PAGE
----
AMD AM2 4200+ Vs. AMD 939 4200+ CPU'sBosco -
: GF City Computers
Price: $179 USD
It’s that time again folks. That’s right, AMD has finally, after many setbacks, released their new socket type. Titled AM2, which uses 940 pins, AMD has used this as the opportunity to move up to newer, and cheaper, DDR2 memory. AMD has long been the underdog in the processor business, but in recent years, especially with their last release of processors, it has come out on top. Having a very strong lineup behind it, this left us with high expectations for this new line of processors.
AMD started as a producer of logic chips in 1969, then entered the RAM chip business in 1975. That same year, it introduced a reverse-engineered clone of the Intel 8080 microprocessor. During this period AMD also designed and produced a series of bit-slice processor elements (Am2900, Am29116, Am293xx) which were used in various minicomputer designs. The company continued buying and building to become what it is today.
Previously looked at as a second option, AMD is now competing head to head with Intel in the processor market, holding the crown for gaming processors. Anyone into serious gaming will most likely have one of AMD’s processors in their machine. With this release of a new socket, it had us at Overclockersclub on the edge of our seats. As soon as we were able to get a hold of one of these chips, we put it though the OCC standard of tests. This review will be more of an article than a simple review, as we will not only be looking at the AMD AM2 4200+, but we will also be comparing it against its counterpart, the 939 4200+, showing you where the real performance is.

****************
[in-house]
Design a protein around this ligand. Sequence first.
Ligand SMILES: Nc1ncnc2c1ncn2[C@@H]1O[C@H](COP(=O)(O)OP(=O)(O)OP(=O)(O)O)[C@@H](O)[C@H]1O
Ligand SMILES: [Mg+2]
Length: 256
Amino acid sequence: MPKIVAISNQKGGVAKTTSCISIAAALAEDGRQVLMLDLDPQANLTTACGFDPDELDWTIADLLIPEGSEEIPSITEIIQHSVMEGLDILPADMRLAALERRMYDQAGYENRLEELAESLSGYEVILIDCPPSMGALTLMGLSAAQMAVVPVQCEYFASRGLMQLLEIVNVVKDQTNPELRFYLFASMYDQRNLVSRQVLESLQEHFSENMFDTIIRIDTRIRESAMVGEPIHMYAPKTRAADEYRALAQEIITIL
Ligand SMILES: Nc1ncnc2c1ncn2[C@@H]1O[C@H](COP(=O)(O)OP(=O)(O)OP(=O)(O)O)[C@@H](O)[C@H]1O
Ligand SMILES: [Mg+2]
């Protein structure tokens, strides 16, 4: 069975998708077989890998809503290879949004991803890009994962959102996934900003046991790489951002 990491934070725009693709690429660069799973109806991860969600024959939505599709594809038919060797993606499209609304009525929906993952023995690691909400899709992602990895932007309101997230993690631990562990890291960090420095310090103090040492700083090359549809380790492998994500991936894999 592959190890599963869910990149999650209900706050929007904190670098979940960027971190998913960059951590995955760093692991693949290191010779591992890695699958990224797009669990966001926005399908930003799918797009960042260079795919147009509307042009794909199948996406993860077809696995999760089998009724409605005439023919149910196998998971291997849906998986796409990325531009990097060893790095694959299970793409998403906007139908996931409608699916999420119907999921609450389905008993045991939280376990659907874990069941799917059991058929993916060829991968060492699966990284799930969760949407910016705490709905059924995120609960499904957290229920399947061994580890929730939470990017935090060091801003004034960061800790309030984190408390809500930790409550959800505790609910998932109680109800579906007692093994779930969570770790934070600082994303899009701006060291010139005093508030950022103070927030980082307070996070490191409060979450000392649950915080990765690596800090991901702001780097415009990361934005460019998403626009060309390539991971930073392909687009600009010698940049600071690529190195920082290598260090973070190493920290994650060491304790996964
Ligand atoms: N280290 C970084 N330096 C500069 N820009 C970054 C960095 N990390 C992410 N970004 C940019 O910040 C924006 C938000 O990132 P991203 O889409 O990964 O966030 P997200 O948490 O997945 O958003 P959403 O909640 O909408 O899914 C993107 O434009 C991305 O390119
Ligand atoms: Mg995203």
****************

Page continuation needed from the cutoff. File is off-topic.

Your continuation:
When I received this processor I was a bit more excited than usual, as this is a totally new technology. As always with any product, I checked out the packaging. The processor came to me in the standard retail packaging: box with the processor, HSF (heatsink fan), and the instructions. Along with a new socket, AMD has also opted for a new design of box. Looking similar to the 939 boxes, the AM2 comes equipped with a new look as well as a sticker denoting the socket type.
When looking in the box, I saw nothing out of the ordinary and coming with the standard set of accessories (heatsink fan combo).
AMD has opted for a different arrangement when it comes to the pins design. This may partially be due to the jump to DDR2 memory.
The cooler that AMD packages with this processor looks similar to the coolers found with the single core Athlon 64 socket 939 series of processors. A little lackluster, though this is to be expected from a stock cooler. It would be nice to see manufacturers packaging beefier coolers, as cooler IS better. This heatsink comes direct with TMI (Thermal Material Interface AKA Thermal compound) in the form of a pad stuck on the middle of the base of the unit. This provides for easy installation, as it does not require adding your own thermal compound. If you are looking for the best performance, it would be beneficial to replace this with a better performing paste.